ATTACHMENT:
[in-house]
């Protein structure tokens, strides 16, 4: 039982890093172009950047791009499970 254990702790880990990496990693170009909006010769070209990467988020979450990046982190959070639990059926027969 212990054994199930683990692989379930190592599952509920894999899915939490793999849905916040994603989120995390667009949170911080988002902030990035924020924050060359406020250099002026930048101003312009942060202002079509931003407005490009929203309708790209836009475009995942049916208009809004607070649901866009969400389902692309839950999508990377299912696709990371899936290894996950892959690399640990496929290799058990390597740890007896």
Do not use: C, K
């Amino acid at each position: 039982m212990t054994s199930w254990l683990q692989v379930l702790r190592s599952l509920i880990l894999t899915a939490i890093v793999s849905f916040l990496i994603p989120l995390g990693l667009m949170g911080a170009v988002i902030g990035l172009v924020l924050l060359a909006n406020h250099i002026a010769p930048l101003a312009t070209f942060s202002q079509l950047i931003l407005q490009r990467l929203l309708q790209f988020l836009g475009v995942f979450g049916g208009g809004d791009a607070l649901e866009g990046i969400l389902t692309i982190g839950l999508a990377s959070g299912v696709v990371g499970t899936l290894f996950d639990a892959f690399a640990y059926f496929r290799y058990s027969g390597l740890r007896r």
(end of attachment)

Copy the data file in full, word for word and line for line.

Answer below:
[in-house]
């Protein structure tokens, strides 16, 4: 039982890093172009950047791009499970 254990702790880990990496990693170009909006010769070209990467988020979450990046982190959070639990059926027969 212990054994199930683990692989379930190592599952509920894999899915939490793999849905916040994603989120995390667009949170911080988002902030990035924020924050060359406020250099002026930048101003312009942060202002079509931003407005490009929203309708790209836009475009995942049916208009809004607070649901866009969400389902692309839950999508990377299912696709990371899936290894996950892959690399640990496929290799058990390597740890007896």
Do not use: C, K
């Amino acid at each position: 039982m212990t054994s199930w254990l683990q692989v379930l702790r190592s599952l509920i880990l894999t899915a939490i890093v793999s849905f916040l990496i994603p989120l995390g990693l667009m949170g911080a170009v988002i902030g990035l172009v924020l924050l060359a909006n406020h250099i002026a010769p930048l101003a312009t070209f942060s202002q079509l950047i931003l407005q490009r990467l929203l309708q790209f988020l836009g475009v995942f979450g049916g208009g809004d791009a607070l649901e866009g990046i969400l389902t692309i982190g839950l999508a990377s959070g299912v696709v990371g499970t899936l290894f996950d639990a892959f690399a640990y059926f496929r290799y058990s027969g390597l740890r007896r």